Slide 40: Only eight P450 enzymes catalyze ~95% of hepatic drug metabolism

CYP1A2 and CYP2C19 were assayed for convenience, rather than because of their overall importance in drug metabolism. This pie chart shows that by far the most important drug-metabolizing enzymes are CYP3A4 and CYP2D6, which together metabolize about 70% of drugs metabolized by P450 enzymes (25).

Slide 41: CYP3A4 can alter the size of its substrate-binding pocket to metabolize substrates of various sizes

Consideration of CYP3A4 introduces another variable. Crystallography with various substrates bound to human CYP3A4 show that its substrate-binding pocket can expand from about 500 cubic Å to over 2000 cubic Å when binding large substrates (26). Therefore, we characterized the ability of WT, Q153R, A287P, R457H, and A503V POR to support the ability of human CYP3A4 to metabolize four substrates of differents sizes and chemical class.

Slide 42: POR A503V affects metabolism by CYP3A4

A small sample of those data, depicted here, shows that A503V has a modestly decreased capacity to support the metabolism of midazolam and of testosterone (27).

Slide 43: Activity of A503V with different P450 enzymes

In general, A503V has modestly decreased activity to support most, but not all, activities of CYP3A4, which indicates that there is substrate-specific variation in addition to P450-specific variation in the measured activity of POR variants. A503V similarly reduces activity with CYP2D6. However, A503V has at least 50% of WT activity in all assays (28).

Slide 44: The POR gene has a first, untranslated exon 38 kb upstream of the first coding exon

We noted that studies nearly 20 years ago found that the rat POR gene has an untranslated exon far upstream from the first coding exon. Therefore, even though the GenBank entry for human POR showed no such exon, we sought and found a small untranslated exon 38 kb upstream from the nominal exon 1 that contains the translational start site (29). This then permitted us to study the transcriptional regulation of the human POR gene.

Slide 45: Analysis of the POR promoter

To locate transcriptional regulatory elements, we first compared the sequences upstream from the transcriptional start site in seven species and also used programs to predict transcriptional regulatory regions. We then used the computationally predicted regulatory regions to build eight promoter-reporter constructs containing from 100 to 3200 base pairs (bp) of POR upstream DNA. Activity assays in both adrenal and liver cells indicated that all promoter activity was included within the first 325 bases (30). We had sequenced this region in 701 of our 842 healthy subjects and identified three common promoter polymorphisms (22). Introducing these into the 325-bp construct showed that the change of C to A at the –152 position reduced reporter gene transcription to ~60% in human liver HepG2 cells and to ~35% in human adrenal NCI-H295A cells (30).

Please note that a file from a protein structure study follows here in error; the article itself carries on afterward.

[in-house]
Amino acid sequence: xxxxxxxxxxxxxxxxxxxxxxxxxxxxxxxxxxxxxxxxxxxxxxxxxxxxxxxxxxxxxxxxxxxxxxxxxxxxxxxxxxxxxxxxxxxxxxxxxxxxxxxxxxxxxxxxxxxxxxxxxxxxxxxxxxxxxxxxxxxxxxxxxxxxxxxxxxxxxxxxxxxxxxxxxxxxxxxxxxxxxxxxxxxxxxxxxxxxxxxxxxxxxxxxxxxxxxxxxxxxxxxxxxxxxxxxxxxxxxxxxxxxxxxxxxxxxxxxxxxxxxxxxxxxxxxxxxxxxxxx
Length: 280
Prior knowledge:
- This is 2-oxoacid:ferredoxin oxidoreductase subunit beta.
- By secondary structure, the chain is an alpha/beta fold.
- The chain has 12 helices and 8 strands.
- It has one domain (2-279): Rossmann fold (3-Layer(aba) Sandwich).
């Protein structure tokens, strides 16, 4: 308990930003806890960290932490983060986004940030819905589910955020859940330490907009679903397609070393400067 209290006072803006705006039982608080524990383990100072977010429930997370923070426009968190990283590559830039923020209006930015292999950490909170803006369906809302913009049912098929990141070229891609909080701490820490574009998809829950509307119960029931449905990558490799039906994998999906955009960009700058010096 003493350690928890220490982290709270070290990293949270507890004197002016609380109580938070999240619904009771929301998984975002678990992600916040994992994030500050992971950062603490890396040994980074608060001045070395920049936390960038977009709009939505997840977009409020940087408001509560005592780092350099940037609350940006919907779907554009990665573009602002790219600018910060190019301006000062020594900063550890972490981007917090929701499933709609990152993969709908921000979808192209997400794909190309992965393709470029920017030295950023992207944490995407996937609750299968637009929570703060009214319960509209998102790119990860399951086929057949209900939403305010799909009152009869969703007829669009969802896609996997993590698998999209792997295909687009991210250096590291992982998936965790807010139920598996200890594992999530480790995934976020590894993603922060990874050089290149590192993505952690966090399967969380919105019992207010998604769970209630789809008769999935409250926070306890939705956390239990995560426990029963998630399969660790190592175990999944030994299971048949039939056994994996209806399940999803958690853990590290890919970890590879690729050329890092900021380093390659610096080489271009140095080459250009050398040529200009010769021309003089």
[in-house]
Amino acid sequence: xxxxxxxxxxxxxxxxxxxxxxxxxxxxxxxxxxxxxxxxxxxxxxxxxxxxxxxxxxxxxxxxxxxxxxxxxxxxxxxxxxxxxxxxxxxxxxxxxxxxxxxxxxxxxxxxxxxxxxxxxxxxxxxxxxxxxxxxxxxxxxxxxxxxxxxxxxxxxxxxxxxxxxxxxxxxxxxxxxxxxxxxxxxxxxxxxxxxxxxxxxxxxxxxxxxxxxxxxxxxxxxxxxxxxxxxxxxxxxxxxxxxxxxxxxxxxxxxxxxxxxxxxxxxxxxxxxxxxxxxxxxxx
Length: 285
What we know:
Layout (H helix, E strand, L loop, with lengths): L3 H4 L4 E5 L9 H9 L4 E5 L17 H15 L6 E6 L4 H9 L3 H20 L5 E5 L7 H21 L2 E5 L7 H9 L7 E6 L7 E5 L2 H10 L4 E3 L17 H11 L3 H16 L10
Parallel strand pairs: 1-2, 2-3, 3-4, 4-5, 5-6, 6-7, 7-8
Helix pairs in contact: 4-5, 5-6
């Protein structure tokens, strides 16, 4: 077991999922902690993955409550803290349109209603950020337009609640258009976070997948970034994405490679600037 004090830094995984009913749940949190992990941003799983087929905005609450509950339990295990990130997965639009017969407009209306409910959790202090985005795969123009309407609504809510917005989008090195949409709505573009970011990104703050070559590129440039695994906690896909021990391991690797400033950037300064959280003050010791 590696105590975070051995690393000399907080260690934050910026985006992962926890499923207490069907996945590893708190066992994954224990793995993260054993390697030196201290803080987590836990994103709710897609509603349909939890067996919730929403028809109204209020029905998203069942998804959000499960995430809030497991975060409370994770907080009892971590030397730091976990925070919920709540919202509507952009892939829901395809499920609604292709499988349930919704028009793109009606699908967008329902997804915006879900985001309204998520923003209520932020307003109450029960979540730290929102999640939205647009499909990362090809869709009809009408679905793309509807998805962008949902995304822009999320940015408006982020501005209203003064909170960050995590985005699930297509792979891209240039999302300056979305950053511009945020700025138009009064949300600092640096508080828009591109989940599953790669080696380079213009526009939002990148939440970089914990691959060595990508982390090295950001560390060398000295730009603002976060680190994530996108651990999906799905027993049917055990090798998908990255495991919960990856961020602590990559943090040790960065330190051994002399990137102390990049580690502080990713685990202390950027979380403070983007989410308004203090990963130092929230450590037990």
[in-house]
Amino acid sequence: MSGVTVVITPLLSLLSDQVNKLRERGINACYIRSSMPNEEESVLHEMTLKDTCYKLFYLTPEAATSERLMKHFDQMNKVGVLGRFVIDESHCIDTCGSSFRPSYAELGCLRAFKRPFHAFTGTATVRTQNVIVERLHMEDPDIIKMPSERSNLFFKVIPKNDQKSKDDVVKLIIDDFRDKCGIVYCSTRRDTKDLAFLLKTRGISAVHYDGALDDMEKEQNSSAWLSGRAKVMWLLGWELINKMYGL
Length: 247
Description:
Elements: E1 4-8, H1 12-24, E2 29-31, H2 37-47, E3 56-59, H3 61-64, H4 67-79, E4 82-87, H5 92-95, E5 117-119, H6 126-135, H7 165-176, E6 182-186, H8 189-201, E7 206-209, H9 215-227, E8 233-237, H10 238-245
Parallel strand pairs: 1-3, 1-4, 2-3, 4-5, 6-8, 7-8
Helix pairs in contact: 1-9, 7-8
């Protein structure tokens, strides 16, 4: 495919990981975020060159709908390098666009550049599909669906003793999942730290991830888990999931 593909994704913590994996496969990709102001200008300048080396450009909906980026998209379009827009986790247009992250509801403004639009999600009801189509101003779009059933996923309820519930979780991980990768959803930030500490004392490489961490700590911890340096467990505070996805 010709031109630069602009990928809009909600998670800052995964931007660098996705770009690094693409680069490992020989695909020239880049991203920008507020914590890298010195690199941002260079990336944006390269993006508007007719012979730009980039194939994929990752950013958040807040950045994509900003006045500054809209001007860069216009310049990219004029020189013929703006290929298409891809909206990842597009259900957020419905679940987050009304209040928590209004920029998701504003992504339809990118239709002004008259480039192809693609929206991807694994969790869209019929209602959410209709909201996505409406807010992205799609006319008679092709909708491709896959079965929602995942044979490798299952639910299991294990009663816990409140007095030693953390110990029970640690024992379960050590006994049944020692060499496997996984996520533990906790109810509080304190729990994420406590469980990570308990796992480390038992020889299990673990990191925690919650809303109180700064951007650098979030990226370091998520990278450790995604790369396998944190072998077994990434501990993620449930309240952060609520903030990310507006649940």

Slide 46: Pharmacogenetics of the POR promoter

The –152 polymorphism was found in 2.6% of African-American genes, 7.8% of Chinese-American and Mexican-American genes, and 13% of Caucasian-American genes but was not in linkage disequilibrium with A503V (22). Other studies showed that the principal factors regulating human POR transcription are the Smad3/4 factors, thyroid hormone receptors, and the transcription factor AP-2 (30).

Slide 47: Summary and conclusions

From these studies, we can make several conclusions: (i) POR deficiency causes a genetic disorder of steroid hormone synthesis. (ii) POR variant A503V is found on ~28% of human alleles. (iii) Assays based on cytochrome c are poor predictors of mutant POR activity. (iv) Assays based on P450c17 correlate well with patient phenotypes. (v) Neither of these assays can predict the ability of a POR variant to support the activity of drug-metabolizing P450 enzymes. (vi) POR A503V probably contributes to genetic variations in drug metabolism and sex steroid synthesis. (vii) The –152 promoter polymorphism may also be important. Thus, each POR mutant must be assessed independently with each P450 of interest.

Slide 48: Collaborators

I thank the people in my laboratory who did all this work: Christa Flück, Amit Pandey, Ningwu Huang, Vishal Agrawal, Larissa Gomes, Rachel Scott, Duanpen Sandee, Meng Kian Tee, and Taninee Sahakitrungruang. I also thank my collaborators Kathy Giacomini, who furnished the 842 normal DNAs; Tim Tracy, whose work was not discussed; and the many physicians throughout the world who have provided DNA samples for our research

Editor’s Note: This contribution is not intended to be equivalent to an original research paper. Note, in particular, that the text and associated slides have not been peer-reviewed.

References and Notes

Funding: Work done in Dr. Miller’s laboratory was supported by NIH grant GM073020.